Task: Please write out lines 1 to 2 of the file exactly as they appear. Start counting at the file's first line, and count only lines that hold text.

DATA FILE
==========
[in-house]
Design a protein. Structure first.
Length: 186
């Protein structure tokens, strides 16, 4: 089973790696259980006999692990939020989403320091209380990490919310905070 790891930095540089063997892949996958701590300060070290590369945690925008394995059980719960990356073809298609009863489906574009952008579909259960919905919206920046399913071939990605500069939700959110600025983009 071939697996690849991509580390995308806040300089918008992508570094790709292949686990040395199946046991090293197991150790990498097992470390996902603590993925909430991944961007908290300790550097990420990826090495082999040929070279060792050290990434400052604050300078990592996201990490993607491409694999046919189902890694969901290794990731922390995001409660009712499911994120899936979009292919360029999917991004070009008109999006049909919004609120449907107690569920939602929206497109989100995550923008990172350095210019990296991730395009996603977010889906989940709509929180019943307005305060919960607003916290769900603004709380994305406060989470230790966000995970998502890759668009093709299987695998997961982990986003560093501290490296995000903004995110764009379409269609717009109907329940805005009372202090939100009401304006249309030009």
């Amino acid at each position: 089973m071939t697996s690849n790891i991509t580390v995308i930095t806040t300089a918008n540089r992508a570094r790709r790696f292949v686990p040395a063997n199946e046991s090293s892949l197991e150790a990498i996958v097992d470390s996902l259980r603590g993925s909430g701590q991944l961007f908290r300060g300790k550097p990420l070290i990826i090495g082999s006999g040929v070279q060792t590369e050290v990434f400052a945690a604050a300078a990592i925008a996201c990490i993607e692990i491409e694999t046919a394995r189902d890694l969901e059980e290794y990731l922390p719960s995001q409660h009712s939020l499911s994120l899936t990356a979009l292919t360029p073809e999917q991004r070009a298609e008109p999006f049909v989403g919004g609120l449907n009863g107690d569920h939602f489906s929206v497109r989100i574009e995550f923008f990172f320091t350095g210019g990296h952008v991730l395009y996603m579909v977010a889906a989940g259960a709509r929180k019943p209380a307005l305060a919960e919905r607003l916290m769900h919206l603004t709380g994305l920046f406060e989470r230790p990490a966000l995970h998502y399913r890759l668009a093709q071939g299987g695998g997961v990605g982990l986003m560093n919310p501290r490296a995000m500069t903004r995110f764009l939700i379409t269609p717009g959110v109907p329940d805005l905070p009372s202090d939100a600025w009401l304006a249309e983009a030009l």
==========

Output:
[in-house]
Design a protein. Structure first.